Every September, I review the ADSL2+ and corresponding NBN retail broadband plans to assess the state of price competition. Last year, I concluded that competition had stalled because ISPs were waiting to see realistic NBN wholesale prices and/or settling into a cosy oligopoly.
In the last 12 months, a couple of players (Exetel and TPG) have launched unlimited data plans; which may shake things up a bit. But, it wont help make the NBN more affordable – there are very users who want unlimited data.
To see the results, click Economuse 2014-09-23
The ACCC regulates the price of terminating calls on mobile networks. The bottom-up cost model it has been using was built around technology that is old. It is rightly concerned that any new bottom-up cost model based base on 3G could soon become redundant when operators start to carry voice over 4G – which they will within the term of the pricing determination.
With 4G (where voice will be IP based) and the NBN, there is no need to distinguish between voice and data as all traffic is bytes. The tried and tested way of exchanging bytes is peering and transit – which are unregulated. There are no termination fees for voice and SMS now – if they are carried as bytes over apps like Skype and Whatsapp. In this emerging context, there is no need to model costs or to regulate termination.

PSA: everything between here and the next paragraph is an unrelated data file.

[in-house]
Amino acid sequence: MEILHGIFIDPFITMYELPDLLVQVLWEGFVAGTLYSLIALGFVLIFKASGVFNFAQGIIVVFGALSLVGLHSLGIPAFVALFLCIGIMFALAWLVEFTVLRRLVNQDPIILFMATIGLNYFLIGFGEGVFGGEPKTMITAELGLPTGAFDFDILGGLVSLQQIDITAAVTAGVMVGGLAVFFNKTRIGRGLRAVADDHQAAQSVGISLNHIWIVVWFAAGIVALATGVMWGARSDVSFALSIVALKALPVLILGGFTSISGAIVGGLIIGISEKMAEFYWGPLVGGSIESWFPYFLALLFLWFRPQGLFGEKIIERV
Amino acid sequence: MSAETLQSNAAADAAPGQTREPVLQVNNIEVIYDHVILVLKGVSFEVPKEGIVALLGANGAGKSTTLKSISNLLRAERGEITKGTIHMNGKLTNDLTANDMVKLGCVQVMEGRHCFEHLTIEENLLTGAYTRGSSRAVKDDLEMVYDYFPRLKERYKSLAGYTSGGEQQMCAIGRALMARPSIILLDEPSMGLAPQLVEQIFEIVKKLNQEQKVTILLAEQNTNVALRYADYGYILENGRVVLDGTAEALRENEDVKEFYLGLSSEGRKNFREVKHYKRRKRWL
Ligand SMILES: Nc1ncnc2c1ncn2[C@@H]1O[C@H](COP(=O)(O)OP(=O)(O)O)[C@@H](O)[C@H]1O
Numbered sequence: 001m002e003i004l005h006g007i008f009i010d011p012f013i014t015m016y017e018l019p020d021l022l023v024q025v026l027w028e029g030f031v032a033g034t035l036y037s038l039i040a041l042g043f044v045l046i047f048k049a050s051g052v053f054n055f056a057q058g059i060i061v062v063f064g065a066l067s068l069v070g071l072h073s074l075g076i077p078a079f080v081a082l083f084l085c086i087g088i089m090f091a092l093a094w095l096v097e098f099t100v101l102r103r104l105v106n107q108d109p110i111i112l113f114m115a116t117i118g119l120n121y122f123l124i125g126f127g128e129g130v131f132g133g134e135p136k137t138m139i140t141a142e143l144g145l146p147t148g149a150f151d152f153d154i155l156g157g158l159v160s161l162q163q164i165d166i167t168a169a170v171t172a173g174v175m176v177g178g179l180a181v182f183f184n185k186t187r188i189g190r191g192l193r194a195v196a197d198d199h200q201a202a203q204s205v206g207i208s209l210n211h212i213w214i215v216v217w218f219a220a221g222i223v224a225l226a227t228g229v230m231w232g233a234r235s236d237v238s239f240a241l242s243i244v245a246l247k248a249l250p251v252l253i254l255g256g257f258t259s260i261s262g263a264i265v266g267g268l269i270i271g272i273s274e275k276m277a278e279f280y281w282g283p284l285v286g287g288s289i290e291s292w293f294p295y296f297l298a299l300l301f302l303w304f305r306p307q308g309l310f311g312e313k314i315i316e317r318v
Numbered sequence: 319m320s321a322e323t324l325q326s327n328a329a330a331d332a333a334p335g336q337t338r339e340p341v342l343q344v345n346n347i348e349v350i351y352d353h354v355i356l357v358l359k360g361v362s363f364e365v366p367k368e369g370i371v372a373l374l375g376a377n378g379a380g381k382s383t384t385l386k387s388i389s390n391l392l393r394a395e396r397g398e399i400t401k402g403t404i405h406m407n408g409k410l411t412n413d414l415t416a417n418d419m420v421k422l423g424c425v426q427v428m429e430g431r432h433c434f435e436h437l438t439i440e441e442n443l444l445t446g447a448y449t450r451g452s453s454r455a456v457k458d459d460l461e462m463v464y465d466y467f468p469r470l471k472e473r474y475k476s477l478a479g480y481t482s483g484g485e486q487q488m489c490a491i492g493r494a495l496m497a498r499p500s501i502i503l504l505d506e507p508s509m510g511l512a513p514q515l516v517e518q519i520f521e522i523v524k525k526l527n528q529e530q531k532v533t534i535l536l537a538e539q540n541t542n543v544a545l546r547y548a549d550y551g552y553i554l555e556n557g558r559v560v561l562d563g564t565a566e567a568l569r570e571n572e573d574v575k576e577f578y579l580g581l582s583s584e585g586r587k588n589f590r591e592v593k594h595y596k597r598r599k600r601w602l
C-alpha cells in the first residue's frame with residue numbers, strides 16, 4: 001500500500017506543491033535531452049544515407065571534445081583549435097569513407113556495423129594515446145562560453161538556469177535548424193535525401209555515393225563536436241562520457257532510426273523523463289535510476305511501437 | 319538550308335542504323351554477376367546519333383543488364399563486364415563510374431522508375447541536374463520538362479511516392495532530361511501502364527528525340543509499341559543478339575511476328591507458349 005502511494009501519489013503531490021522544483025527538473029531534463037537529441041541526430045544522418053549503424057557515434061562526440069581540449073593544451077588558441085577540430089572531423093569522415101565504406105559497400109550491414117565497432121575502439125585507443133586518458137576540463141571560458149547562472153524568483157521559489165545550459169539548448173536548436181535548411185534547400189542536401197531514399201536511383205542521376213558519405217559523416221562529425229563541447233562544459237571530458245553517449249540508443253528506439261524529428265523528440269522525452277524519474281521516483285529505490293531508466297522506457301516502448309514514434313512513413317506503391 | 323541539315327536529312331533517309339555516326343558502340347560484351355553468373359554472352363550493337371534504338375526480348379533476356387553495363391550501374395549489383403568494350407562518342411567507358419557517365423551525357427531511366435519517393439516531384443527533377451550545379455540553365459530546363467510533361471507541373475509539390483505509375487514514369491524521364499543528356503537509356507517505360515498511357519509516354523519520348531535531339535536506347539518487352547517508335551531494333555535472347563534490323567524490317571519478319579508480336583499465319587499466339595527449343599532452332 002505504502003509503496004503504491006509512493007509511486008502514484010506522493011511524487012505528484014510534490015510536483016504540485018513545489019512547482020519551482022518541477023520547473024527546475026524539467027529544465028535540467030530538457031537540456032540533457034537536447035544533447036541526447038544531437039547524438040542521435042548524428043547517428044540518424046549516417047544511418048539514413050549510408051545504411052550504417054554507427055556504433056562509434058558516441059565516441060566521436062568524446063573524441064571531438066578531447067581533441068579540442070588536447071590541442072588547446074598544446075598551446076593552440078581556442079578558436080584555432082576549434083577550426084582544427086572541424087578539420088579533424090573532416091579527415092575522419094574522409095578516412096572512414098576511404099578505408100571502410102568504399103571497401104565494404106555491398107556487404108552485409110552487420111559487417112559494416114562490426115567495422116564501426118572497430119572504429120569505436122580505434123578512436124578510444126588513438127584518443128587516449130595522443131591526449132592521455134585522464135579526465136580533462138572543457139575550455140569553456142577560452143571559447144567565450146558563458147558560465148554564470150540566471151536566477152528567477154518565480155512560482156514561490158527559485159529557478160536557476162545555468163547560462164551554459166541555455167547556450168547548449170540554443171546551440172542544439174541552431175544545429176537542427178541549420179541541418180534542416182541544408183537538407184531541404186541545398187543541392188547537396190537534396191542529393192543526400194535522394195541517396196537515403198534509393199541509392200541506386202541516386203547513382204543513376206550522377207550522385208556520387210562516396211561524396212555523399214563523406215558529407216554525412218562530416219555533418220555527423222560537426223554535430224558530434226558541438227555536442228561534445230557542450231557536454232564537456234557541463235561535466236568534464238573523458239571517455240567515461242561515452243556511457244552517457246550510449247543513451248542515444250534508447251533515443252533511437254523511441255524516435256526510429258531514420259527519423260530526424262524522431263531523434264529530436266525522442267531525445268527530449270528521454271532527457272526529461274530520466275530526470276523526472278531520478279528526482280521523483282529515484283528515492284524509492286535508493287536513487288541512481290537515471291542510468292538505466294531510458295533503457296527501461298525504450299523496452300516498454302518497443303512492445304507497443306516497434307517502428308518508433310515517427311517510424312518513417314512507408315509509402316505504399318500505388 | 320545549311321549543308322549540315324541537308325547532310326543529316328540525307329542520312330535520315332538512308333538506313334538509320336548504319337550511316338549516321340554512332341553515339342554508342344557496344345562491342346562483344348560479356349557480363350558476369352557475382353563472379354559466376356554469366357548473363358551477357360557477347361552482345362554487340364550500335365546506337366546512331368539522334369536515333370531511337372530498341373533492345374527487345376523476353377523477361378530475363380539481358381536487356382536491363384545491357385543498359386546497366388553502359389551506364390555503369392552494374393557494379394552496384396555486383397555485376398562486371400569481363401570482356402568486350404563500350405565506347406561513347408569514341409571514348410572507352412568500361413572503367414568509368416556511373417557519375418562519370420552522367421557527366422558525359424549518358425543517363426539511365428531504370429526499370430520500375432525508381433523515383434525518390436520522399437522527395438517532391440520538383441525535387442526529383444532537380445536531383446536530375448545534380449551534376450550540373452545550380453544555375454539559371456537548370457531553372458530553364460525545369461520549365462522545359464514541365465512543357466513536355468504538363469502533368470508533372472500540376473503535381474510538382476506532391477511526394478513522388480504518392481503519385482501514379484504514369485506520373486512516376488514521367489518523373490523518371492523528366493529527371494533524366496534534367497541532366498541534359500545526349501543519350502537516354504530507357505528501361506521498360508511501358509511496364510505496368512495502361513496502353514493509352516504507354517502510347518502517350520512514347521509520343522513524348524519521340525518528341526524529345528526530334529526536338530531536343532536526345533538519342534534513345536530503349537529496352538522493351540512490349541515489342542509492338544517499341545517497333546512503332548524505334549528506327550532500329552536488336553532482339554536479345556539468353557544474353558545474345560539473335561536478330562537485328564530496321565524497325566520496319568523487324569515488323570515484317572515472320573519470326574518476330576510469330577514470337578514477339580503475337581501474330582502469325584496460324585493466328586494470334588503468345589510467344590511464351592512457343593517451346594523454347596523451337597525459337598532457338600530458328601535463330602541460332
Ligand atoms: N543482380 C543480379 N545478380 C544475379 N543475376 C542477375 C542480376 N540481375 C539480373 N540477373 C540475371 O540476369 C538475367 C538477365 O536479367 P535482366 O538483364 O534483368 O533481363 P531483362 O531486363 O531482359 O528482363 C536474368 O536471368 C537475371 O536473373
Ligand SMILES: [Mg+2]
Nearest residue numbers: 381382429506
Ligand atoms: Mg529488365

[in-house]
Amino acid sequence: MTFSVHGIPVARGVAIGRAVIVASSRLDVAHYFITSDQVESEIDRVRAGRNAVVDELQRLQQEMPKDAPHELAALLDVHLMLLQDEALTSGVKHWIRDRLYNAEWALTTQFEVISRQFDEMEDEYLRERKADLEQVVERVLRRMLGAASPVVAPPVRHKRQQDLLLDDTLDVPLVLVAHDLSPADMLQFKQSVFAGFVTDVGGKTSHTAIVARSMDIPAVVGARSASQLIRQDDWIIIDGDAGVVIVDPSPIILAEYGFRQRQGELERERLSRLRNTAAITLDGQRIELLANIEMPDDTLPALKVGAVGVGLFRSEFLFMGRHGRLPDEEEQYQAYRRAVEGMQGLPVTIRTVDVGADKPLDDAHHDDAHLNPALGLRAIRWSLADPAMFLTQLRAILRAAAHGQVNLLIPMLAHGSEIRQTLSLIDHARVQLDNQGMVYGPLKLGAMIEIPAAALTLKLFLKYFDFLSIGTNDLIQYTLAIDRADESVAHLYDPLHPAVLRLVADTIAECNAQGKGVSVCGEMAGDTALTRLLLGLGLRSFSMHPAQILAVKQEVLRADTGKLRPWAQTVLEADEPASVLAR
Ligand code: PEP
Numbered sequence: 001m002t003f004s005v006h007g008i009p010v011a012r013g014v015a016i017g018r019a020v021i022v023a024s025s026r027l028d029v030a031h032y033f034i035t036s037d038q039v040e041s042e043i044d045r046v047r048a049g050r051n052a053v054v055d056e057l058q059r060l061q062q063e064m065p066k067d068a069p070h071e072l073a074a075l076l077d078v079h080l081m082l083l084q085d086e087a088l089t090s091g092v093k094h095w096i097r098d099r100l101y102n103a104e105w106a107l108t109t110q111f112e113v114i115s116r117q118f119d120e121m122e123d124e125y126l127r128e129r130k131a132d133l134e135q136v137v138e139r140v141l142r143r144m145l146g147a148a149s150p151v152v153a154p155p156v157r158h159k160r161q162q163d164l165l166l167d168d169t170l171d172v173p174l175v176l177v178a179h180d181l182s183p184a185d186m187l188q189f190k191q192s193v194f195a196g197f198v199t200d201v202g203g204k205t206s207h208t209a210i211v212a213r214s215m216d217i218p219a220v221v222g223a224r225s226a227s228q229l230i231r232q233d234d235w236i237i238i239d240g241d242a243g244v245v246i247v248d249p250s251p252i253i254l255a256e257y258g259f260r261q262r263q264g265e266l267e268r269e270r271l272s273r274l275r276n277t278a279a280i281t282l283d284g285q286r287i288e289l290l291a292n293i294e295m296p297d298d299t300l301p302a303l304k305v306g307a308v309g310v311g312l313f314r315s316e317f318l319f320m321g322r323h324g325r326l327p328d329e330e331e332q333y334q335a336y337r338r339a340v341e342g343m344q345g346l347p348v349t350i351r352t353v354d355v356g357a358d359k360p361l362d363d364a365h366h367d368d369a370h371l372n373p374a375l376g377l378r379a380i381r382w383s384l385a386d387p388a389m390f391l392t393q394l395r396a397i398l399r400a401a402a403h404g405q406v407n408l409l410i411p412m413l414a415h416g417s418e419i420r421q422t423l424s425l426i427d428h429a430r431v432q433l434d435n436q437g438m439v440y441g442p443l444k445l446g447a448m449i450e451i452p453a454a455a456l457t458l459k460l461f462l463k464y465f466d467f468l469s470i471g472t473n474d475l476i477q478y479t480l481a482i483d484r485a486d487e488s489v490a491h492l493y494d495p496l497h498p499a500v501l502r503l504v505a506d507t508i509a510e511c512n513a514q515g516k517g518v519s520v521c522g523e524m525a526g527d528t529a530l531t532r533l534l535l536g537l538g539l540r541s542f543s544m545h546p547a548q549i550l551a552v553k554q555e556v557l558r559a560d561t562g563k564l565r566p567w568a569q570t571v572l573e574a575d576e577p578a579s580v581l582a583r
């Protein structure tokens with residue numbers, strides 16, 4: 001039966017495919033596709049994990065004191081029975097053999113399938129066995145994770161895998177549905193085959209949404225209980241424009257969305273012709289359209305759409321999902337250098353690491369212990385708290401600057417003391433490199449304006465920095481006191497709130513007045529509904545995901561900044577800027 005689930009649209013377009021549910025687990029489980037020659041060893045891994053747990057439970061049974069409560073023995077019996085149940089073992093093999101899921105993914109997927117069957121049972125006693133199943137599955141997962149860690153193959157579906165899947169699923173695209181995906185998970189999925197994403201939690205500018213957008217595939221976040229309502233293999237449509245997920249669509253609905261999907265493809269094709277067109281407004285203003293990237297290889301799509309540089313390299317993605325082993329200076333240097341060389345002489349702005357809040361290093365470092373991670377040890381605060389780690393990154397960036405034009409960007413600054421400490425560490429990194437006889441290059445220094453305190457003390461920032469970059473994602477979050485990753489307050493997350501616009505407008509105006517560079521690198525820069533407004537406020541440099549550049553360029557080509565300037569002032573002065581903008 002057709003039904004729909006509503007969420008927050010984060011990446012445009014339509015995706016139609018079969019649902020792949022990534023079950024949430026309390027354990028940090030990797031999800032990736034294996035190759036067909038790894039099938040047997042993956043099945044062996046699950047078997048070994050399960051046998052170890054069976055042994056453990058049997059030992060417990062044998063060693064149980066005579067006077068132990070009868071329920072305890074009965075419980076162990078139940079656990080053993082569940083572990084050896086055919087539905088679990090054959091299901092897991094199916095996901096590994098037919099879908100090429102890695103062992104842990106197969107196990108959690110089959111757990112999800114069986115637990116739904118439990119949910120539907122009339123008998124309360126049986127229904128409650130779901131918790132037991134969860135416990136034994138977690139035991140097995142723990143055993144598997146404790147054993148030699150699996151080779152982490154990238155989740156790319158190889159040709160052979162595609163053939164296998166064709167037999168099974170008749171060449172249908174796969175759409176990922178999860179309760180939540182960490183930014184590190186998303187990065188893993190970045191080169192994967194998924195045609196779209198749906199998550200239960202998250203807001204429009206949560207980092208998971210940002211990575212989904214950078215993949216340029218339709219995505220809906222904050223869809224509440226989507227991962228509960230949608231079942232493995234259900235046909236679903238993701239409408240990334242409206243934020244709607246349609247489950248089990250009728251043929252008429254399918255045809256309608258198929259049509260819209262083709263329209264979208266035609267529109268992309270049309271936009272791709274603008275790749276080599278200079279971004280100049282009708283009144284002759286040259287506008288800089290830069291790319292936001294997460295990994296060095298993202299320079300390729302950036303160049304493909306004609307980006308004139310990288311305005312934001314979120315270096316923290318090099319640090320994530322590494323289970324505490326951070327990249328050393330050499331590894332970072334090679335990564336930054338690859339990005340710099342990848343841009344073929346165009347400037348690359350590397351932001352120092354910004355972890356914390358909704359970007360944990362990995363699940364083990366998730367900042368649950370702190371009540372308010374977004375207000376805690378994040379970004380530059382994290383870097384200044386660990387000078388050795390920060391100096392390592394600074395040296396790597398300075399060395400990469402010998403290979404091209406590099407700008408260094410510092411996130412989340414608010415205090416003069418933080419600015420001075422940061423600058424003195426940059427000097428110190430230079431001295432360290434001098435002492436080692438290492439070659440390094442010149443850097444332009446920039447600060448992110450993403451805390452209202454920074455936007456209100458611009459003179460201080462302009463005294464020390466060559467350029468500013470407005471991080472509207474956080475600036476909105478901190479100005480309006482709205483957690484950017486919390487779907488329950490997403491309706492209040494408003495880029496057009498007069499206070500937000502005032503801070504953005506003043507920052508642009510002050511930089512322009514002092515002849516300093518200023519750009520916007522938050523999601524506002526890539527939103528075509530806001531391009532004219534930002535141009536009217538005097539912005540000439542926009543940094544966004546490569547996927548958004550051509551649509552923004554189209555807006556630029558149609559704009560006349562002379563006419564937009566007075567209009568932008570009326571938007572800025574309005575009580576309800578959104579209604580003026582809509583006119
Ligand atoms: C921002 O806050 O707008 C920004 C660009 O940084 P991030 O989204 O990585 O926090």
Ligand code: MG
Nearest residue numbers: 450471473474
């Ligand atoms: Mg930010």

In the short term, the ACCC is considering using “actual costs” to model costs from the top-down – which is the same as the Building Block Method (BBM) the ACCC is now using in the fixed network. That seems the best approach for now. But, when voice becomes data (4G), the ACCC can step aside and leave it to the market.
To read the opinion piece, click here: Economuse 2014-08-08
This 15 page paper supports an article in CommsWire this week. It provides detail on how mobile data roaming works, current pricing and suggests a policy response.
To read the paper, click here: Data Roaming
The FCC is trying to untie legal knots that hinder its ability to promote and protect an open internet.
It stands by the three rules for net neutrality that it set in 2010. The notice issued on 17 May 2014 canvasses ways it hopes to ensure that its authority to impose rules on interne service providers is secure.
This column, published in Comms Wire on 20 May, explains how it is trying to achieve this and how it may – or may not – affect paid peering.
To read more see Economuse 2014-05-20
NBN Co.’s fixed wireless and satellite programme is going to cost $1.7 billion more than expected. This raises the stakes in the issues of universal pricing and efficient by-pass.
There are several complementary methods which would help resolve these issues and this column looks at asset write-downs.
In the context of write-downs, the column also explains how a bigger issue for affordability than regional cross-subsidy (because all customers are affected) is a revenue claw-back scheme that the ACCC has sanctioned.
To read more go to Economuse 2014-05-12